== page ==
osmc@mosmc:~$ cat /etc/security/access-local.conf # only allow from local IP range + : ALL : 192.168.21.0/24 + : ALL : LOCAL - : ALL : ALL
osmc@mosmc:~$ cat /etc/pam.d/sshd # PAM configuration for the Secure Shell service # Inserted PAM settings by ssh-install script auth [success=1 default=ignore] pam_access.so accessfile=/etc/security/access-local.conf auth required pam_google_authenticator.so #End of inserted code # Standard Un*x authentication. #@include common-auth #commented out by sshinstall # Disallow non-root logins when /etc/nologin exists. account required pam_nologin.so # Uncomment and edit /etc/security/access.conf if you need to set complex # access limits that are hard to express in sshd_config. # account required pam_access.so # Standard Un*x authorization. @include common-account # SELinux needs to be the first session rule. This ensures that any # lingering context has been cleared. Without this it is possible that a # module could execute code in the wrong domain. session [success=ok ignore=ignore module_unknown=ignore default=bad] pam_selinux.so close # Set the loginuid process attribute. session required pam_loginuid.so # Create a new session keyring. session optional pam_keyinit.so force revoke # Standard Un*x session setup and teardown. @include common-session # Print the message of the day upon successful login. # This includes a dynamically generated part from /run/motd.dynamic # and a static (admin-editable) part from /etc/motd. session optional pam_motd.so motd=/run/motd.dynamic session optional pam_motd.so noupdate # Print the status of the user's mailbox upon successful login. session optional pam_mail.so standard noenv #  # Set up user limits from /etc/security/limits.conf. session required pam_limits.so # Read environment variables from /etc/environment and # /etc/security/pam_env.conf. session required pam_env.so #  # In Debian 4.0 (etch), locale-related environment variables were moved to # /etc/default/locale, so read that as well. session required pam_env.so user_readenv=1 envfile=/etc/default/locale # SELinux needs to intervene at login time to ensure that the process starts # in the proper default security context. Only sessions which are intended # to run in the user's context should be run after this. session [success=ok ignore=ignore module_unknown=ignore default=bad] pam_selinux.so open # Standard Un*x password updating. @include common-password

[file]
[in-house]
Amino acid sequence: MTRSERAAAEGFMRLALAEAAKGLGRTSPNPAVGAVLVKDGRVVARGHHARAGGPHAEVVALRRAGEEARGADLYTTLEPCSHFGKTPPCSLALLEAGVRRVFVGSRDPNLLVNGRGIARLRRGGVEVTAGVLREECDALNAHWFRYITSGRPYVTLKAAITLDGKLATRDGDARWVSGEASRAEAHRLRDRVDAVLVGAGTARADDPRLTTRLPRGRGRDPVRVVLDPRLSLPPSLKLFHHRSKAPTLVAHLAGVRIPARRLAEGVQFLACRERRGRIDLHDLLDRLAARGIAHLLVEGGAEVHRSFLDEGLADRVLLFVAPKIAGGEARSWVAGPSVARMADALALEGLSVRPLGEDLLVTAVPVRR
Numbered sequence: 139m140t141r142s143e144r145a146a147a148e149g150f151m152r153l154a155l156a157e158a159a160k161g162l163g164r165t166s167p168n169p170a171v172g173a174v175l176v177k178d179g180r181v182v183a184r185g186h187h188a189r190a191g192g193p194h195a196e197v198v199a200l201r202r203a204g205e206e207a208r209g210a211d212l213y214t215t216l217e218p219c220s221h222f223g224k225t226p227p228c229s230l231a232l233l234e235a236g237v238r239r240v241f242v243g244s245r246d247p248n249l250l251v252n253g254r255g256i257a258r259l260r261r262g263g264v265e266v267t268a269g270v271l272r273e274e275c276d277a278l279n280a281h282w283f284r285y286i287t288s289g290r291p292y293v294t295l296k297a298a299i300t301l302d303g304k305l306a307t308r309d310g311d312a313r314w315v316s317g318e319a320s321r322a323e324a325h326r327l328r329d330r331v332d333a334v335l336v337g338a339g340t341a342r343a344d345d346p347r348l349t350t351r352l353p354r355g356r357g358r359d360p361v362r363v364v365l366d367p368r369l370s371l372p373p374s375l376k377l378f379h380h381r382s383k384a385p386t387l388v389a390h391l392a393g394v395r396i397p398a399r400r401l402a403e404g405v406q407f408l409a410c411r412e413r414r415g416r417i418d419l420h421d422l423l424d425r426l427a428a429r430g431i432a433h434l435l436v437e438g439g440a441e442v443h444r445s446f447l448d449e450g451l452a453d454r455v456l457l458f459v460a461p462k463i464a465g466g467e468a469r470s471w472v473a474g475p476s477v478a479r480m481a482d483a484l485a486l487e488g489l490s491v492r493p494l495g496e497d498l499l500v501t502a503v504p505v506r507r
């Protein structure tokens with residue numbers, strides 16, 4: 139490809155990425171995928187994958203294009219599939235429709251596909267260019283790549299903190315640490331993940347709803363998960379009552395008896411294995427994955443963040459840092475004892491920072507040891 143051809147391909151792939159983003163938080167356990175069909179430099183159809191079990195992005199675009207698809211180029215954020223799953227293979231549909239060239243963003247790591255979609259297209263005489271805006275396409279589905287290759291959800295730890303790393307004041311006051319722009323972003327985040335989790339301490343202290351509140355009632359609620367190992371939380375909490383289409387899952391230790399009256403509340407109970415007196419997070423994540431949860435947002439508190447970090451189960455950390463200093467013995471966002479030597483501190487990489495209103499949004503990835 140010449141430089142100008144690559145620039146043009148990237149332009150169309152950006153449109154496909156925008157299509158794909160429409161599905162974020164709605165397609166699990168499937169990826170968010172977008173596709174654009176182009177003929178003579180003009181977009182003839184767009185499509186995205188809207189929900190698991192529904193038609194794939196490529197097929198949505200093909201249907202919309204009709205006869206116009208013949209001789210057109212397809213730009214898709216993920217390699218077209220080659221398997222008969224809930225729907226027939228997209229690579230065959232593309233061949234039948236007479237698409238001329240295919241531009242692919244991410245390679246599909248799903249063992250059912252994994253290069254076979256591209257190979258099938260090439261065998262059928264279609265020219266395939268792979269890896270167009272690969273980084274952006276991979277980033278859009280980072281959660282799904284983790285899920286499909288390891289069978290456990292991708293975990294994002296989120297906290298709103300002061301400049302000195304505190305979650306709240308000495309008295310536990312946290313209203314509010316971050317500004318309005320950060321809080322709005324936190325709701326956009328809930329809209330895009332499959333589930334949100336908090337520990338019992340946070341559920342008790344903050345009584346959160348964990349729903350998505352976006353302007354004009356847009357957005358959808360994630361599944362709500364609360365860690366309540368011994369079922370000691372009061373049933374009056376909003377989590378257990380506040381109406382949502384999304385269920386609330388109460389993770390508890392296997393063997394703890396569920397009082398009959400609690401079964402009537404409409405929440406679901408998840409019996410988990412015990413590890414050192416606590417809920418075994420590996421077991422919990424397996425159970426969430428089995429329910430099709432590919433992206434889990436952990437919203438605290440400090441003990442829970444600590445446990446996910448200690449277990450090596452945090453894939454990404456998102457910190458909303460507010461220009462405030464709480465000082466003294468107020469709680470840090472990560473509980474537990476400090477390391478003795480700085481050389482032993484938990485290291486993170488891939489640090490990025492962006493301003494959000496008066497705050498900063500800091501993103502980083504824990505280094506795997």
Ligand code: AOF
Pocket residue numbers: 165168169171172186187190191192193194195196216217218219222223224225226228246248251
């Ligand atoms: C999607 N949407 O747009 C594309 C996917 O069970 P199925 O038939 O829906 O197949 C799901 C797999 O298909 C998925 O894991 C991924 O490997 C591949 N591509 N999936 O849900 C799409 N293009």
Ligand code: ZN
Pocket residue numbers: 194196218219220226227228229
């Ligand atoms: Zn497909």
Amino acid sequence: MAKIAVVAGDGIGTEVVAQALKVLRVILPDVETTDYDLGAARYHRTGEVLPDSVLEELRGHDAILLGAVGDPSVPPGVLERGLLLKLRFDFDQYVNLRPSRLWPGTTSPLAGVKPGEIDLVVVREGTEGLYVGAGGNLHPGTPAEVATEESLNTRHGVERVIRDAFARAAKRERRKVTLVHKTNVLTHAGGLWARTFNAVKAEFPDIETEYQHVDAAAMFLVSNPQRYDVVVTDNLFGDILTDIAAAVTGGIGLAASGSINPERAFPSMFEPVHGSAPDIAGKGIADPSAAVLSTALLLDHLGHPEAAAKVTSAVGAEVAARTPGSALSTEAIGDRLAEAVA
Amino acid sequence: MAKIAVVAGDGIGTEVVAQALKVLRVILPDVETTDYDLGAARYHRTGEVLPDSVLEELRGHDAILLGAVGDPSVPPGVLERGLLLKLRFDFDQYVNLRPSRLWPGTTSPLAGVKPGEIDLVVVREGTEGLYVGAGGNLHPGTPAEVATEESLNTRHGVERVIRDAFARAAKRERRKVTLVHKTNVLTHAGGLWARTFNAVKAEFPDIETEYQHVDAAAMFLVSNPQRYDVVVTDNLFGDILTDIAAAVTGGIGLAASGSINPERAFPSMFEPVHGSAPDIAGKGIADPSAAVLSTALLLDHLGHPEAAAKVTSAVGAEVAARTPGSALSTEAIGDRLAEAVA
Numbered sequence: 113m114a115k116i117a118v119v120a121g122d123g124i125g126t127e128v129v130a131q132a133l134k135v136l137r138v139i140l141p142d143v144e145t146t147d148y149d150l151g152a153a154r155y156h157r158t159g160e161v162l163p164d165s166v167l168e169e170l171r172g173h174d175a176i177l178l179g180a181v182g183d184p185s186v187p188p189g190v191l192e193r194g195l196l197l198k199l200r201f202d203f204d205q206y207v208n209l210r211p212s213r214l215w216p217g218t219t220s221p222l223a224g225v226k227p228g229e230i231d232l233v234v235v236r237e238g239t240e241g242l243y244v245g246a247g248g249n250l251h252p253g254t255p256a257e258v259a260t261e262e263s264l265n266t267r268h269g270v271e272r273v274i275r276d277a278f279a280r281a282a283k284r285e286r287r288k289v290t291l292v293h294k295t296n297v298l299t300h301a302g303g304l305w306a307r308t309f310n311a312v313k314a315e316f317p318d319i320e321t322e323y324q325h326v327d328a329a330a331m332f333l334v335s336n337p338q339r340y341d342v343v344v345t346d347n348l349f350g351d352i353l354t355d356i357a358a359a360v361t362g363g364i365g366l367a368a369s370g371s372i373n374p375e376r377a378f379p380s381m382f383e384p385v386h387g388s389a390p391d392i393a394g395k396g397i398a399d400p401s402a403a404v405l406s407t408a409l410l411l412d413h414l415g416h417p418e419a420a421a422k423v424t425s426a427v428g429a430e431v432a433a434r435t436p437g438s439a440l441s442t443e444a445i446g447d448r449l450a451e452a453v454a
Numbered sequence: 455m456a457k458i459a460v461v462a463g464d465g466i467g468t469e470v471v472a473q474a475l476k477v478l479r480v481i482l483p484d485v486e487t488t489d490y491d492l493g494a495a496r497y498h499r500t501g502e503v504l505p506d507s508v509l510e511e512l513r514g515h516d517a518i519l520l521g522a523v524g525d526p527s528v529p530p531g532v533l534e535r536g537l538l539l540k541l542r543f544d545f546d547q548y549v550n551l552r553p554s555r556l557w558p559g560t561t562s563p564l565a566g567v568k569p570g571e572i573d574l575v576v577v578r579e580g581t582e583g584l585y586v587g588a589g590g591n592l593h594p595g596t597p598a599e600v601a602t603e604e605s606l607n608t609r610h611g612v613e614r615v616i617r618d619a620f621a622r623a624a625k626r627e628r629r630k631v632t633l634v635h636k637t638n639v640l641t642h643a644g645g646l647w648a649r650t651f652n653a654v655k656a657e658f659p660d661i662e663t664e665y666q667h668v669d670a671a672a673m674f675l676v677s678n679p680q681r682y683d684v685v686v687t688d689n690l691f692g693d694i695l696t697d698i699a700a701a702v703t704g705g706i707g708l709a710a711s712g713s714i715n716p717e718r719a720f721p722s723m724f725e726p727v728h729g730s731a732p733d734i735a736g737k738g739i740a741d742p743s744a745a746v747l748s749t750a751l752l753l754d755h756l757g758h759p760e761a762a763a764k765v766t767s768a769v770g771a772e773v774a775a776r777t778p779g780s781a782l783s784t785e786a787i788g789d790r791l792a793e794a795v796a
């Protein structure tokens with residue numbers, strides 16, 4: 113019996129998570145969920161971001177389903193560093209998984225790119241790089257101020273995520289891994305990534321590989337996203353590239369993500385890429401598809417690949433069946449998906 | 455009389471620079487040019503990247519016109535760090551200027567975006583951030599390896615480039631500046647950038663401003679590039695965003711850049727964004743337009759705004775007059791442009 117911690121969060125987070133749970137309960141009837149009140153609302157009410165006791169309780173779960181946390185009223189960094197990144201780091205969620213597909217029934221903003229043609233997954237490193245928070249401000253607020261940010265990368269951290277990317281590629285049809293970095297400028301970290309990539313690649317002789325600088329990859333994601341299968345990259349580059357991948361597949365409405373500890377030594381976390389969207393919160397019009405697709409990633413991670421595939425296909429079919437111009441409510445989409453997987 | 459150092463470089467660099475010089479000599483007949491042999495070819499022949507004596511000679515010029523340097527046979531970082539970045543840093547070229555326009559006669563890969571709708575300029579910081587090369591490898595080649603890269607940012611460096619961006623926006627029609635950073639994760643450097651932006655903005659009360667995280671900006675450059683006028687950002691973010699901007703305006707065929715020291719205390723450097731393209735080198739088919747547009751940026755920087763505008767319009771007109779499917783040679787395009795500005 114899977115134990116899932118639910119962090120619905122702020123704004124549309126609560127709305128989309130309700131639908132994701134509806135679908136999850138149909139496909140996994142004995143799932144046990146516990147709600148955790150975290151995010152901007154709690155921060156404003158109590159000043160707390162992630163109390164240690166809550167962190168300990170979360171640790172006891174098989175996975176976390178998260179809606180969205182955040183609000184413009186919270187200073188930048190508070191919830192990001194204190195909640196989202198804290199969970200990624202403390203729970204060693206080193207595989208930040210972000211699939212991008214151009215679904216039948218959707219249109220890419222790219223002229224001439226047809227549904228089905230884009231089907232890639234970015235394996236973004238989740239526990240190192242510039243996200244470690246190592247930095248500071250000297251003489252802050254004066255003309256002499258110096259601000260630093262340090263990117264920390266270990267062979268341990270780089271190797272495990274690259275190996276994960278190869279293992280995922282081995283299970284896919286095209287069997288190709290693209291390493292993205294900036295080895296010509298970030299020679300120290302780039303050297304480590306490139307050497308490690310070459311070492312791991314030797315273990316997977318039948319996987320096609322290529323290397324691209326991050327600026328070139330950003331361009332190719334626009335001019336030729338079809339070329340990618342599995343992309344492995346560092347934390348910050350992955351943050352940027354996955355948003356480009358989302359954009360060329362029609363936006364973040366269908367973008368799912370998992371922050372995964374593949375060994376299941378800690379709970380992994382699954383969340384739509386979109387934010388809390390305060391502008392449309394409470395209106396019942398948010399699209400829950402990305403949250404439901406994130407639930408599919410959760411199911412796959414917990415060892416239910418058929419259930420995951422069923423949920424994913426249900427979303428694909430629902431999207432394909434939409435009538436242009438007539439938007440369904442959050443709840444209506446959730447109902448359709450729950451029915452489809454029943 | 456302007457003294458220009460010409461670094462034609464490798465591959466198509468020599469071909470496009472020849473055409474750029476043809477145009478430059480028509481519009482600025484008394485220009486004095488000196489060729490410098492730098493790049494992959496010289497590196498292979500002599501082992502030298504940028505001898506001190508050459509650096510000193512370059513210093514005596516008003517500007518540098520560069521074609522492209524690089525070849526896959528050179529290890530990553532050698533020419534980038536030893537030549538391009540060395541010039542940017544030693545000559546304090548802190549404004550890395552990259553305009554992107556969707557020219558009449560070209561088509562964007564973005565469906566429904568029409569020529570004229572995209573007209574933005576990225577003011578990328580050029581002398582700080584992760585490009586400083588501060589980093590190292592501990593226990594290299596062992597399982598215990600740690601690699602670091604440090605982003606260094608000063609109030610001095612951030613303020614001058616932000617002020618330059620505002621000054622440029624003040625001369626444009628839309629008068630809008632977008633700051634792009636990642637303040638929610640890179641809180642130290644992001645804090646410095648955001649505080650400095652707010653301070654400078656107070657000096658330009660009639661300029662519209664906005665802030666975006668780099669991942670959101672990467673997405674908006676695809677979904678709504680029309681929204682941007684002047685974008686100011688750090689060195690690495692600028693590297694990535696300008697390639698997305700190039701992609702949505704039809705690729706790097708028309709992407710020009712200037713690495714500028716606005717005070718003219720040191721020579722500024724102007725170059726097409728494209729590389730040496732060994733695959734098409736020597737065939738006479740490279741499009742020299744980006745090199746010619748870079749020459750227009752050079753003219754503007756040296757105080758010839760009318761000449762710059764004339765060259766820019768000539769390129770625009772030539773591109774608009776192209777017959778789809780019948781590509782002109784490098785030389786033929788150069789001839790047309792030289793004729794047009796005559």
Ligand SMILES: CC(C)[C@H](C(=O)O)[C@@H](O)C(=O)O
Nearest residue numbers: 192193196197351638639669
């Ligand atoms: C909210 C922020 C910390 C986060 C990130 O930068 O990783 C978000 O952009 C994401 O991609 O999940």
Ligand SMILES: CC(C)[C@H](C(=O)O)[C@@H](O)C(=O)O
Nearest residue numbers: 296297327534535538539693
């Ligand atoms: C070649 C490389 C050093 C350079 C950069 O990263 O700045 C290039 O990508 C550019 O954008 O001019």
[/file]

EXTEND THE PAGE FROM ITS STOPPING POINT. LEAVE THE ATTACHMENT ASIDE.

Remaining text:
auth [success=done default=ignore] pam_access.so accessfile=/etc/security/access-local.conf
Seems to be the answer. Editing this as I learn more.
equivalent to ok with the side effect of terminating the module
stack and PAM immediately returning to the application.
when used with a stack of modules, the module’s return status will not contribute to the return code the application obtains.
success=1 skips a line.
If someone else wants to write a better answer that explains what’s happening – I’ll happily accept that.
Thanks to Hostfission for pointing me at the right part.
@beaderdfool, thanks for your hard work. I’m ressurecting to identify that your answer worked, but I was able to authenticate with ANY password. I played around a bit and came up with the following hacky solution:
auth [success=1 default=ignore] pam_access.so accessfile=/etc/security/access.conf auth sufficient pam_google_authenticator.so auth required pam_unix.so
the first line uses the rules in access.conf. If that matches,
success=1 will skip the next line. In other words: a match on the local network will skip the google authenticator, and will next try a
required password match from
On the other hand: if
pam.access.so doesn’t match, google_authenticator will run and it is
sufficient if that passes…meaning it doesn’t care about anything else in the stack, ie
pam_unix.so and won’t require an additional password.
My setup is thus:
- Local network only requires a username and a password;
- All others require a private key (set up in /etc/sshd_config) and google authenticator
I would have left a comment but not enough street cred.
After following the general 2FA installation instructions you can disable 2FA for certain hosts/ networks like this:
# By default require public key AND 2FA AuthenticationMethods publickey,keyboard-interactive # Only require public key, no 2FA required for these hosts/ networks Match Address 10.0.0.0/8, 184.108.40.206/24, !220.127.116.11 AuthenticationMethods publickey